Documents of the Epoch is the most famous film released by the All-Ukrainian Photo and Cinema Administration (Ukrainian: Vse-Ukrains'ke Foto Kino Upravlinnia, VUFKU), based on 40,000 metres of chronicles shot between 1917 and 1922. Leonid Mogylevsky based the film on supposedly ideologically outdated archive footage (‘pieces of positivity’ and pre-revolutionary ‘garbage’) which had been preserved in the archives of the VUFKU film studios or bought out from other film organisations and individuals. Although the chronicles in the film are squeezed through the sieve of ideologised intertitles, which sometimes explain and sometimes falsify historical events, Documents of the Epoch remain an unprecedented and very valuable visual evidence of the most dramatic pages of Ukrainian history in the 20th century. A closer look at the mechanisms of working with senses in the film Documents of the Epoch will be facilitated by the soundtrack performed by the band Son Sovy, in which the musicians will try to make new emphases in contrast to the titles and the content of 1928.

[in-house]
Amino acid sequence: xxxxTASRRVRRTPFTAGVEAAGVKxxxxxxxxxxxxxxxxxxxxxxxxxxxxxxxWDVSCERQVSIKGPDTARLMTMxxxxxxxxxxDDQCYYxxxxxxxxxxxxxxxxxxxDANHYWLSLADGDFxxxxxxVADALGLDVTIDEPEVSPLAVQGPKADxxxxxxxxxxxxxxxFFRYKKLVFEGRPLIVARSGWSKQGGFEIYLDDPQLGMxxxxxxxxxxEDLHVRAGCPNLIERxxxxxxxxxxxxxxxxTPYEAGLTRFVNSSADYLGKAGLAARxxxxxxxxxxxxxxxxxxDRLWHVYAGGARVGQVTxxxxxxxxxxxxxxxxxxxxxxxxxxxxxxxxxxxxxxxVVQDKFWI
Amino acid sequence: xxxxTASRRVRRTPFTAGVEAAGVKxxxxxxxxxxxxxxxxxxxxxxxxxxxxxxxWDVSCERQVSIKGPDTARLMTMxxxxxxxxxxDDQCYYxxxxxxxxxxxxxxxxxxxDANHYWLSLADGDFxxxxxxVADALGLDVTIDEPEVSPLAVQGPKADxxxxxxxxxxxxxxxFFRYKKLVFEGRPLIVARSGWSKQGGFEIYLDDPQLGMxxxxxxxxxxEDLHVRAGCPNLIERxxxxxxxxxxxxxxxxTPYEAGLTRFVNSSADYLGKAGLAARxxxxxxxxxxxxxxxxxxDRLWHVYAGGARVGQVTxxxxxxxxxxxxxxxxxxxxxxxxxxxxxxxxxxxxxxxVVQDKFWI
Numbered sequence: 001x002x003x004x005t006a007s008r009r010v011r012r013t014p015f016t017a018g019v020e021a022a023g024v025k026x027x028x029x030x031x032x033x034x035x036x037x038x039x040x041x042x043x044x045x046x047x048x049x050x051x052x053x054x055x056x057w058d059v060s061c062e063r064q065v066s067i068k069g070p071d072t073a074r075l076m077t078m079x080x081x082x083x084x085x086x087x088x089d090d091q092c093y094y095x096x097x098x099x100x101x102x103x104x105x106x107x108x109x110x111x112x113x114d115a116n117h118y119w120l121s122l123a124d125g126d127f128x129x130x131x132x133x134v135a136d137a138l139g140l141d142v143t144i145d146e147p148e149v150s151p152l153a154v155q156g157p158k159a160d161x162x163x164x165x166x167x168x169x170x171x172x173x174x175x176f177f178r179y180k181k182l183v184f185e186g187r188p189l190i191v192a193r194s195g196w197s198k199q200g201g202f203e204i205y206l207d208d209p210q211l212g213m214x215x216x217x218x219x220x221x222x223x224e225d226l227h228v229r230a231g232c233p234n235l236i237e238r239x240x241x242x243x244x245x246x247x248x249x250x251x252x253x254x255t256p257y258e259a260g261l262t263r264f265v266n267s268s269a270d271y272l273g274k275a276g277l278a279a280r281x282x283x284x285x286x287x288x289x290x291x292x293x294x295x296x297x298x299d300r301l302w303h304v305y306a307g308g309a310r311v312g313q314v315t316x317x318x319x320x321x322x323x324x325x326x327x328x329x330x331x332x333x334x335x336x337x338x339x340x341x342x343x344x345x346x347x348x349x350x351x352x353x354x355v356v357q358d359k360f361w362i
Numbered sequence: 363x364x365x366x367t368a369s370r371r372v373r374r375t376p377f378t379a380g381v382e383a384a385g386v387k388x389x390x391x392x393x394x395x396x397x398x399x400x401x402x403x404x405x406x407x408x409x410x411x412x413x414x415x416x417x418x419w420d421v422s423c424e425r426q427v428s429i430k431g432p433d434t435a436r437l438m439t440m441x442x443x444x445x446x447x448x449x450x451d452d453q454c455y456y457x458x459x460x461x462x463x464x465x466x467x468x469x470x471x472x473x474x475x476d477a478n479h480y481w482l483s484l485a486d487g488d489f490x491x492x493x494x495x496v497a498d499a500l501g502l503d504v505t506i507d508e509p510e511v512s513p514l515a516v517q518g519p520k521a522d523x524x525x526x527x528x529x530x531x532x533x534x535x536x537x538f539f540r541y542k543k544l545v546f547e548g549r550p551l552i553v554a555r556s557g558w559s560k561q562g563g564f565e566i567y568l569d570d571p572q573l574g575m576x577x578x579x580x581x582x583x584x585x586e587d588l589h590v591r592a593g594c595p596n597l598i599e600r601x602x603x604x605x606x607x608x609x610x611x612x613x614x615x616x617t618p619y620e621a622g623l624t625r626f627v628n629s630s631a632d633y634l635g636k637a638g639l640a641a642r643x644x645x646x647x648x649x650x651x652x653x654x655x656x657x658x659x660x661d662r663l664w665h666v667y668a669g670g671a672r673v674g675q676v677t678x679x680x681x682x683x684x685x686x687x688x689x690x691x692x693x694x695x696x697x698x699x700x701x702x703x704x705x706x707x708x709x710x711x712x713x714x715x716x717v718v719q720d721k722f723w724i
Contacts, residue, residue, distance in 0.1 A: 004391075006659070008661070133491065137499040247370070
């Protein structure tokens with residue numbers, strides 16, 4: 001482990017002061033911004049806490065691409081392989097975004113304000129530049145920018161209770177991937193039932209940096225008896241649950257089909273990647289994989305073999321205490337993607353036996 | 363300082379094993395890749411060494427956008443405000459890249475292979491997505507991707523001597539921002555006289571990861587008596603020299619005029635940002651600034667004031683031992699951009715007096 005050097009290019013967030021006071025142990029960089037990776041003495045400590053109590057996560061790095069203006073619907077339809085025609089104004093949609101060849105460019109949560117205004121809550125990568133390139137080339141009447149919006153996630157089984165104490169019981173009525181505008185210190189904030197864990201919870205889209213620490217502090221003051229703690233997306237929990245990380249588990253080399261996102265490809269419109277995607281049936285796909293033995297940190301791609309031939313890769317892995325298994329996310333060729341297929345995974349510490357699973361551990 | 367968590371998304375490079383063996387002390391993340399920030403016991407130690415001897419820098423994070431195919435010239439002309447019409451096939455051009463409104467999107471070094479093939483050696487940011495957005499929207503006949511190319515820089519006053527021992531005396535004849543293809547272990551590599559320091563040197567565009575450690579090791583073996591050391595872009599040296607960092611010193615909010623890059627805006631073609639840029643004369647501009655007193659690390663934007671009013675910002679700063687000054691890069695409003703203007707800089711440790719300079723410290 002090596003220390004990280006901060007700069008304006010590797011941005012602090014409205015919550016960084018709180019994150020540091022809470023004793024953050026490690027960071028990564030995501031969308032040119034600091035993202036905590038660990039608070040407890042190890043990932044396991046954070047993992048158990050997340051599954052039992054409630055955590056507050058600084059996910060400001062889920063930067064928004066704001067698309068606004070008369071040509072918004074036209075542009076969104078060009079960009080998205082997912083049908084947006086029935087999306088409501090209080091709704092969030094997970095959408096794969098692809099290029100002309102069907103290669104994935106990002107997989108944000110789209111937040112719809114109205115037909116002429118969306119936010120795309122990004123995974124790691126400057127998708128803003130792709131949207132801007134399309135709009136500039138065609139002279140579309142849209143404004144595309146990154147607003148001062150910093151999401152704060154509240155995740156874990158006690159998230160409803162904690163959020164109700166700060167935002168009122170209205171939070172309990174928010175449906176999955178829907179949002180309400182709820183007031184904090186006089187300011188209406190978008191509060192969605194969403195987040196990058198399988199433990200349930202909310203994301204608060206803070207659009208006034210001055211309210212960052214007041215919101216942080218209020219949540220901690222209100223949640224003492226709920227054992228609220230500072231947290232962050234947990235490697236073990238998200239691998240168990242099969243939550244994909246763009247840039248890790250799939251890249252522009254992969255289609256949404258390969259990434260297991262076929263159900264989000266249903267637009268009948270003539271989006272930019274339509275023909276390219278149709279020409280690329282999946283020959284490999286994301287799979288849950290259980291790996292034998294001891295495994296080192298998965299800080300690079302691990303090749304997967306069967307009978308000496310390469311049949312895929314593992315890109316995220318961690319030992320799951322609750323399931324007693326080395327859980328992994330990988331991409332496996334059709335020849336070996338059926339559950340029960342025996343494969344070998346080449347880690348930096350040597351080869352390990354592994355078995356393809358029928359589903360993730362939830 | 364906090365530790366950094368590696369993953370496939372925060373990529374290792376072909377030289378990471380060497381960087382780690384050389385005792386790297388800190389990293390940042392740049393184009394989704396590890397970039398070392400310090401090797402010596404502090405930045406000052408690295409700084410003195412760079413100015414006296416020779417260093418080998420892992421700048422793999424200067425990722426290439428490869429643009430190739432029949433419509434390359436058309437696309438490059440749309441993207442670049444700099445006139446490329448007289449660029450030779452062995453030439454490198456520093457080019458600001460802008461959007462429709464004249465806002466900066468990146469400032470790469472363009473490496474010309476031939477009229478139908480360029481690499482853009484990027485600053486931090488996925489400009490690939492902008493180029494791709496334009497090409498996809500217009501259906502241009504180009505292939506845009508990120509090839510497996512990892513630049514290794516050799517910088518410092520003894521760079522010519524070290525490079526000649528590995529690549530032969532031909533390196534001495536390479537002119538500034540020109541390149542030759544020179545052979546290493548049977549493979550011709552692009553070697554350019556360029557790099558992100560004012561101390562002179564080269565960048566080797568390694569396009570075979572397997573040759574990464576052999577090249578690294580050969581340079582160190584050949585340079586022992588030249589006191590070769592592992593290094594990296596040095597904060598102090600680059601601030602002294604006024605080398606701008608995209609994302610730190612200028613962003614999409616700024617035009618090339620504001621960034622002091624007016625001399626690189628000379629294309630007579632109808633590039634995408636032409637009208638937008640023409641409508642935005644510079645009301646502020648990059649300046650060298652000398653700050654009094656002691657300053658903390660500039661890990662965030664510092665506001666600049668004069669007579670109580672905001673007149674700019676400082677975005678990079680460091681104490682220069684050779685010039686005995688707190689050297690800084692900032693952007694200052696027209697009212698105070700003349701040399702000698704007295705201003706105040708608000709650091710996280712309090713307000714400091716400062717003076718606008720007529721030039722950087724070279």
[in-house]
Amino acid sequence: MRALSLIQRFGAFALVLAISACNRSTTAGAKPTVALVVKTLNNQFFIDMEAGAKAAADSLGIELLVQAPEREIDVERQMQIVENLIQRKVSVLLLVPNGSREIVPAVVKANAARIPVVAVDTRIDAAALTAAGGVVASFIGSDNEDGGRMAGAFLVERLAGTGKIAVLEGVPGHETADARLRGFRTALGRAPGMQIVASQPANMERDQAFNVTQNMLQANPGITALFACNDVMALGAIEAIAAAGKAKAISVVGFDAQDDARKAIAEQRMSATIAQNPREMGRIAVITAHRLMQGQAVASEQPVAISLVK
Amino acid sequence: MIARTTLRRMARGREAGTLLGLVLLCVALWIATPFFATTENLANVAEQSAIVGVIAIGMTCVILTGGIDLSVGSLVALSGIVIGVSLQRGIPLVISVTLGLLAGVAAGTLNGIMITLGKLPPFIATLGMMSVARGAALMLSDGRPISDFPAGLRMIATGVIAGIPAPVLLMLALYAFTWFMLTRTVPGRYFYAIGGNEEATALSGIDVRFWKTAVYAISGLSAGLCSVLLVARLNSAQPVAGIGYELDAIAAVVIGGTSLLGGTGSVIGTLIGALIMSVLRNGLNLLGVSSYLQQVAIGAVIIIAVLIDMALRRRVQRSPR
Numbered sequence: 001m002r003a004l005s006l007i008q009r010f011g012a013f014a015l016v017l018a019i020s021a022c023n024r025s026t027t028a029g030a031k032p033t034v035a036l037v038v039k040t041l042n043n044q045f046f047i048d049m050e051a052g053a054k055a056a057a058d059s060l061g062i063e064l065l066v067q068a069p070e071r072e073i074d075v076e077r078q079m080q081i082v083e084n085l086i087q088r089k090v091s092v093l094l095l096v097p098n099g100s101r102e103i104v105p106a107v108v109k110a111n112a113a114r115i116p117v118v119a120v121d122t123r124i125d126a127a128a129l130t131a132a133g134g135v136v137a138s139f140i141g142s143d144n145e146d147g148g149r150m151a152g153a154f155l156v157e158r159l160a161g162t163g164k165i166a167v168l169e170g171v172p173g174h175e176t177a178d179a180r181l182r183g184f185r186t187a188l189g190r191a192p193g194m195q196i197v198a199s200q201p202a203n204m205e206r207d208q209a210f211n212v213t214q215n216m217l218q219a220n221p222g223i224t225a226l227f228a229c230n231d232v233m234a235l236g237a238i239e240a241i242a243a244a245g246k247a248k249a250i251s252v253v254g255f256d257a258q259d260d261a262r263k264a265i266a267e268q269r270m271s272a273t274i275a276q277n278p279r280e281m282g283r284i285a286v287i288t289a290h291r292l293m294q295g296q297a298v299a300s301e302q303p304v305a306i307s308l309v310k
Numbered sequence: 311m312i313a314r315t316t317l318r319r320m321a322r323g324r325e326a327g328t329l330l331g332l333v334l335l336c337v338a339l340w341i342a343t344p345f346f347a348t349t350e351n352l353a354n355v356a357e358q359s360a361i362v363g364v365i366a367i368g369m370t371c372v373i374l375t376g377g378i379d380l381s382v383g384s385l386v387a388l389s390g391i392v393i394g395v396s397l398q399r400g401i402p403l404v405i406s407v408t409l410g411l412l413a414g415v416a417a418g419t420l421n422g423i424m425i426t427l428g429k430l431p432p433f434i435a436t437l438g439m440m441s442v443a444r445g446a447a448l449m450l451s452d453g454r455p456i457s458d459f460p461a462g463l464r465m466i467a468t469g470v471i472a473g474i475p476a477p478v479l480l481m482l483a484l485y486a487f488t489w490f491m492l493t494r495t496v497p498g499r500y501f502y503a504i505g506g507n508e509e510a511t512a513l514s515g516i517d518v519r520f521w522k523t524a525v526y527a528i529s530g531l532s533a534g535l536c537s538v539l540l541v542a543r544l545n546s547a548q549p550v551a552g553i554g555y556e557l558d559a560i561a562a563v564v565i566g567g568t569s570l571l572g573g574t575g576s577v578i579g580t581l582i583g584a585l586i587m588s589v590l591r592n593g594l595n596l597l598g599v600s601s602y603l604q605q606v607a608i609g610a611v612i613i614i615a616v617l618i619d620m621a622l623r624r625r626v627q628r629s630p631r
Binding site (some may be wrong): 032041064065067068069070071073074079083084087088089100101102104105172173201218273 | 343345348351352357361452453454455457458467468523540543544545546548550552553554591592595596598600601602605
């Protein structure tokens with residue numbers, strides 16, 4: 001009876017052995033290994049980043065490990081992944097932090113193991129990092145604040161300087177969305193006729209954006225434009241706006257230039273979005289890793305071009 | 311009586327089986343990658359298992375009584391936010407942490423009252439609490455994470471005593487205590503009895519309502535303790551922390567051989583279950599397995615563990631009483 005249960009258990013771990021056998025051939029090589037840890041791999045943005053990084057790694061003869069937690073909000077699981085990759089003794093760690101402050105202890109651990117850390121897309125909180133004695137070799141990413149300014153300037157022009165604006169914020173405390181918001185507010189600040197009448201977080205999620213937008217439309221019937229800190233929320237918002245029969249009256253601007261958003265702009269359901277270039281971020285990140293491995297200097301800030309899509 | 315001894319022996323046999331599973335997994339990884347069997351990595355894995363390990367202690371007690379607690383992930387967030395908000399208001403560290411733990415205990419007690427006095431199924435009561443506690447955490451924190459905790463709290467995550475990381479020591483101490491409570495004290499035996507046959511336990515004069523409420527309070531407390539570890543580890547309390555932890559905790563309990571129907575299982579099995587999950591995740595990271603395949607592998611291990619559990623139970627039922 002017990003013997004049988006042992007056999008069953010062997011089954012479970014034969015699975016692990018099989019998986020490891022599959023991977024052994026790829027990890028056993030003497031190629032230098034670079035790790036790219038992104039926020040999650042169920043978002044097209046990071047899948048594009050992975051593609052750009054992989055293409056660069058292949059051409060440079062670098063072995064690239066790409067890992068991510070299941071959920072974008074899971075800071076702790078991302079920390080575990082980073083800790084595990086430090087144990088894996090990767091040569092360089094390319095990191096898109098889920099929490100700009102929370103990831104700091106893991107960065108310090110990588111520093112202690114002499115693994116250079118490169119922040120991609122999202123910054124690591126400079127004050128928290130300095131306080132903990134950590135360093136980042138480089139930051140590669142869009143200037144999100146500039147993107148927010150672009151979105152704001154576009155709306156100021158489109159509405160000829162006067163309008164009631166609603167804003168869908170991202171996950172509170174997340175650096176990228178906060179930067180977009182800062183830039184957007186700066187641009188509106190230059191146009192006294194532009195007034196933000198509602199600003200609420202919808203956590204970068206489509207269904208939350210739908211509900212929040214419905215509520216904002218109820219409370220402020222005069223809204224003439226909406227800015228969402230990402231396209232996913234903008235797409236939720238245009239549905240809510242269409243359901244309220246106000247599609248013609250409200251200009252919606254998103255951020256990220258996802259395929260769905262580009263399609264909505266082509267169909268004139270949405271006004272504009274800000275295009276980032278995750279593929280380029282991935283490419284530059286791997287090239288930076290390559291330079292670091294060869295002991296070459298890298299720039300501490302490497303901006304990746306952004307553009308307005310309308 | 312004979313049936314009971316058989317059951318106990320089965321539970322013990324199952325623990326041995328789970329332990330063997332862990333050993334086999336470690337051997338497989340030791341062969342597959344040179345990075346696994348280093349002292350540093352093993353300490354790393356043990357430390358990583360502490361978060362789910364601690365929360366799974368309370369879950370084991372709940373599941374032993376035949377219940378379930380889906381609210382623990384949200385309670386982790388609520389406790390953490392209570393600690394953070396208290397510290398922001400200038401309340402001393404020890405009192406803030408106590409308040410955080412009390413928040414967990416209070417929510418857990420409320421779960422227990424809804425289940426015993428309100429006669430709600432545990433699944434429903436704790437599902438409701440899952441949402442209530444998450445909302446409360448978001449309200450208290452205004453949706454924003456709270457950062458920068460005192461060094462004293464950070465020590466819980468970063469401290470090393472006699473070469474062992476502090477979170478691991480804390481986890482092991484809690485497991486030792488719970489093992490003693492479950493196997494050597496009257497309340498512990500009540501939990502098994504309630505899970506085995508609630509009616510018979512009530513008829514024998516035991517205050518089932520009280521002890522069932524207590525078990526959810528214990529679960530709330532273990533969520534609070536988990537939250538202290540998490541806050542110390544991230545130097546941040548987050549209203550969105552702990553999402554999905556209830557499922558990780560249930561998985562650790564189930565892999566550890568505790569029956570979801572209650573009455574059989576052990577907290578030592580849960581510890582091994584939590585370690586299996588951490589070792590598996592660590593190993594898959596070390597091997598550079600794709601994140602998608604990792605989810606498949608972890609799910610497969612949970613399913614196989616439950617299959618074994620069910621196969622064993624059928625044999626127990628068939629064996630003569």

You can buy tickets for music cinema performance that is held on March, 30 HERE.
Leonid Mohylevsky (Léonide Moguy) (1899–1976) was a director and a writer, one of the pioneers of Ukrainian film chronicles. Together with Dovzhenko, he initiated the creation of the first library of Ukrainian films. In 1927, the Department of Film Chronicles, headed by Mohylevsky, began releasing The Week in Film, and then also the Film Journal of the VUFKU – famous selections of fresh newsreels, ‘timely and day-to-day’. In the late 1920s, he emigrated to France, and during World War II he left for the US. Later, he returned to Europe and filmed in France and Italy. After leaving the USSR, he made around 20 films. The films he made as Léonide Moguy, Paris after Dark (1943) and Action in Arabia (1944), were mentioned by Quentin Tarantino as among the films which inspired him to create Inglourious Basterds (2009). He puts these films in the same list as the works of Jean Renoir and Fritz Lang.
Selected: Two Women (1940), Paris after Dark (1943), Action in Arabia (1944), Tomorrow Is Too Late (1950), Man Wants to Live (1961)
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